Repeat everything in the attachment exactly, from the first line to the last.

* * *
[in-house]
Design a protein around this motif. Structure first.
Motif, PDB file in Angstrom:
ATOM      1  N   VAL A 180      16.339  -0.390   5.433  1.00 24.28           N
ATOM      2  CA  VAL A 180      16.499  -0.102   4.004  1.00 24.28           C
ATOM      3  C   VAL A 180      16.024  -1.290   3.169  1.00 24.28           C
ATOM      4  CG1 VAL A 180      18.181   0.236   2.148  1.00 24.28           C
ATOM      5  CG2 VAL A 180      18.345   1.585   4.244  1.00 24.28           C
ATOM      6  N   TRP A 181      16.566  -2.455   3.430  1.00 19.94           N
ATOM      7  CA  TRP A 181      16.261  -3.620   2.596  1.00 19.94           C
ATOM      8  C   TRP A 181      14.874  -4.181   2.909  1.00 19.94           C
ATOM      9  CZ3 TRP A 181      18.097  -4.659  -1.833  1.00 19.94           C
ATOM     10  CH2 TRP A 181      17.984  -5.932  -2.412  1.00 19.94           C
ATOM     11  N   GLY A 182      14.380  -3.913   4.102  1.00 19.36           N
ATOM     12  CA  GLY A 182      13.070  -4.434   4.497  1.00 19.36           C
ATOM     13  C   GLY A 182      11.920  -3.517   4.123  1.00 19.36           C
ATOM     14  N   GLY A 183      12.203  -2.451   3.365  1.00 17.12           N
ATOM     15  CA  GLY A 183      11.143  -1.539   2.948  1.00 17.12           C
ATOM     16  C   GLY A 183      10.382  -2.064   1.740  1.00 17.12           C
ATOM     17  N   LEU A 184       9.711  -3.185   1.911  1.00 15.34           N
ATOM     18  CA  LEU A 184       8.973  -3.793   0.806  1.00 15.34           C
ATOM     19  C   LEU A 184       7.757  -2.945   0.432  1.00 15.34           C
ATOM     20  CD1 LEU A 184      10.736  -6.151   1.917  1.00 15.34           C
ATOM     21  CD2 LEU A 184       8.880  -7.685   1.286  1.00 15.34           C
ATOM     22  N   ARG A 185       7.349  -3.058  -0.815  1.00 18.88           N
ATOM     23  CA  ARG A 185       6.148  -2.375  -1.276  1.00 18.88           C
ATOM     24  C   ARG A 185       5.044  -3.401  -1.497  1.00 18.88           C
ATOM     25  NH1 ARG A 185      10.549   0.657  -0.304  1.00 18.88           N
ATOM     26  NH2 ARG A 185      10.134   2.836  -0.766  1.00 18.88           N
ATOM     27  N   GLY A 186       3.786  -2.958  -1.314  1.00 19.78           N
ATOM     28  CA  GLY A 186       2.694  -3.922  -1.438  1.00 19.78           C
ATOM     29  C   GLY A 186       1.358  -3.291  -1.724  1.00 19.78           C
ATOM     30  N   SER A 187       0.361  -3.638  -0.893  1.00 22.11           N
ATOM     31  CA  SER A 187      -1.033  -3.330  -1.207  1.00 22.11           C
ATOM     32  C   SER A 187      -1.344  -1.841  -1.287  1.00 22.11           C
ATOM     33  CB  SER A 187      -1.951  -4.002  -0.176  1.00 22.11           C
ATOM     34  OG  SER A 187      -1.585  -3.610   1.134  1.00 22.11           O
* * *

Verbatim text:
[in-house]
Design a protein around this motif. Structure first.
Motif, PDB file in Angstrom:
ATOM      1  N   VAL A 180      16.339  -0.390   5.433  1.00 24.28           N
ATOM      2  CA  VAL A 180      16.499  -0.102   4.004  1.00 24.28           C
ATOM      3  C   VAL A 180      16.024  -1.290   3.169  1.00 24.28           C
ATOM      4  CG1 VAL A 180      18.181   0.236   2.148  1.00 24.28           C
ATOM      5  CG2 VAL A 180      18.345   1.585   4.244  1.00 24.28           C
ATOM      6  N   TRP A 181      16.566  -2.455   3.430  1.00 19.94           N
ATOM      7  CA  TRP A 181      16.261  -3.620   2.596  1.00 19.94           C
ATOM      8  C   TRP A 181      14.874  -4.181   2.909  1.00 19.94           C
ATOM      9  CZ3 TRP A 181      18.097  -4.659  -1.833  1.00 19.94           C
ATOM     10  CH2 TRP A 181      17.984  -5.932  -2.412  1.00 19.94           C
ATOM     11  N   GLY A 182      14.380  -3.913   4.102  1.00 19.36           N
ATOM     12  CA  GLY A 182      13.070  -4.434   4.497  1.00 19.36           C
ATOM     13  C   GLY A 182      11.920  -3.517   4.123  1.00 19.36           C
ATOM     14  N   GLY A 183      12.203  -2.451   3.365  1.00 17.12           N
ATOM     15  CA  GLY A 183      11.143  -1.539   2.948  1.00 17.12           C
ATOM     16  C   GLY A 183      10.382  -2.064   1.740  1.00 17.12           C
ATOM     17  N   LEU A 184       9.711  -3.185   1.911  1.00 15.34           N
ATOM     18  CA  LEU A 184       8.973  -3.793   0.806  1.00 15.34           C
ATOM     19  C   LEU A 184       7.757  -2.945   0.432  1.00 15.34           C
ATOM     20  CD1 LEU A 184      10.736  -6.151   1.917  1.00 15.34           C
ATOM     21  CD2 LEU A 184       8.880  -7.685   1.286  1.00 15.34           C
ATOM     22  N   ARG A 185       7.349  -3.058  -0.815  1.00 18.88           N
ATOM     23  CA  ARG A 185       6.148  -2.375  -1.276  1.00 18.88           C
ATOM     24  C   ARG A 185       5.044  -3.401  -1.497  1.00 18.88           C
ATOM     25  NH1 ARG A 185      10.549   0.657  -0.304  1.00 18.88           N
ATOM     26  NH2 ARG A 185      10.134   2.836  -0.766  1.00 18.88           N
ATOM     27  N   GLY A 186       3.786  -2.958  -1.314  1.00 19.78           N
ATOM     28  CA  GLY A 186       2.694  -3.922  -1.438  1.00 19.78           C
ATOM     29  C   GLY A 186       1.358  -3.291  -1.724  1.00 19.78           C
ATOM     30  N   SER A 187       0.361  -3.638  -0.893  1.00 22.11           N
ATOM     31  CA  SER A 187      -1.033  -3.330  -1.207  1.00 22.11           C
ATOM     32  C   SER A 187      -1.344  -1.841  -1.287  1.00 22.11           C
ATOM     33  CB  SER A 187      -1.951  -4.002  -0.176  1.00 22.11           C
ATOM     34  OG  SER A 187      -1.585  -3.610   1.134  1.00 22.11           O